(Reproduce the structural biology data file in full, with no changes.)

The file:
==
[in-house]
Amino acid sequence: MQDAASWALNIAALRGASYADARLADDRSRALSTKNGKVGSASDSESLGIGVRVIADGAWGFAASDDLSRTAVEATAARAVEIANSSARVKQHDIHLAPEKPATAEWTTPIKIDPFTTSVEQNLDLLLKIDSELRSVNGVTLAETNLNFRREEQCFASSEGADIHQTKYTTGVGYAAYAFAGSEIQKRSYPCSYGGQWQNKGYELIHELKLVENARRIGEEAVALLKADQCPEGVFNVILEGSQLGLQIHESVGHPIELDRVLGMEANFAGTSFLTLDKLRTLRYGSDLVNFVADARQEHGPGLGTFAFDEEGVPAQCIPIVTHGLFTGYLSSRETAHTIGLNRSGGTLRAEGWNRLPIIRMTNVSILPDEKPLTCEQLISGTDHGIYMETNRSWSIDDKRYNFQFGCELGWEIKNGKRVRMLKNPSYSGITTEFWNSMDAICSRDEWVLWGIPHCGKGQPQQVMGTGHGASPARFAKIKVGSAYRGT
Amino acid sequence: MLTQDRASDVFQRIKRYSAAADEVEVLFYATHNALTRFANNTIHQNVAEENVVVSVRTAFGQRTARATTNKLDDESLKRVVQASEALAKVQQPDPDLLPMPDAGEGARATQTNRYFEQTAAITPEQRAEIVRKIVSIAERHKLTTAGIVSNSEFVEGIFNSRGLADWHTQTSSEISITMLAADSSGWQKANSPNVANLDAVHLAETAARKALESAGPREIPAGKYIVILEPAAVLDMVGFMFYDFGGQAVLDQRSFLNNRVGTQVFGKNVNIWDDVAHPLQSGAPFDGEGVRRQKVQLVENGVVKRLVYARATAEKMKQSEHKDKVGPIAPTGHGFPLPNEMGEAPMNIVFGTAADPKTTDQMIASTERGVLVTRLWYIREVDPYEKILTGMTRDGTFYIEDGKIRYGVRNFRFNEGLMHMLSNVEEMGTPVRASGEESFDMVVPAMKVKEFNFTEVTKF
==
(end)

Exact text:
[in-house]
Amino acid sequence: MQDAASWALNIAALRGASYADARLADDRSRALSTKNGKVGSASDSESLGIGVRVIADGAWGFAASDDLSRTAVEATAARAVEIANSSARVKQHDIHLAPEKPATAEWTTPIKIDPFTTSVEQNLDLLLKIDSELRSVNGVTLAETNLNFRREEQCFASSEGADIHQTKYTTGVGYAAYAFAGSEIQKRSYPCSYGGQWQNKGYELIHELKLVENARRIGEEAVALLKADQCPEGVFNVILEGSQLGLQIHESVGHPIELDRVLGMEANFAGTSFLTLDKLRTLRYGSDLVNFVADARQEHGPGLGTFAFDEEGVPAQCIPIVTHGLFTGYLSSRETAHTIGLNRSGGTLRAEGWNRLPIIRMTNVSILPDEKPLTCEQLISGTDHGIYMETNRSWSIDDKRYNFQFGCELGWEIKNGKRVRMLKNPSYSGITTEFWNSMDAICSRDEWVLWGIPHCGKGQPQQVMGTGHGASPARFAKIKVGSAYRGT
Amino acid sequence: MLTQDRASDVFQRIKRYSAAADEVEVLFYATHNALTRFANNTIHQNVAEENVVVSVRTAFGQRTARATTNKLDDESLKRVVQASEALAKVQQPDPDLLPMPDAGEGARATQTNRYFEQTAAITPEQRAEIVRKIVSIAERHKLTTAGIVSNSEFVEGIFNSRGLADWHTQTSSEISITMLAADSSGWQKANSPNVANLDAVHLAETAARKALESAGPREIPAGKYIVILEPAAVLDMVGFMFYDFGGQAVLDQRSFLNNRVGTQVFGKNVNIWDDVAHPLQSGAPFDGEGVRRQKVQLVENGVVKRLVYARATAEKMKQSEHKDKVGPIAPTGHGFPLPNEMGEAPMNIVFGTAADPKTTDQMIASTERGVLVTRLWYIREVDPYEKILTGMTRDGTFYIEDGKIRYGVRNFRFNEGLMHMLSNVEEMGTPVRASGEESFDMVVPAMKVKEFNFTEVTKF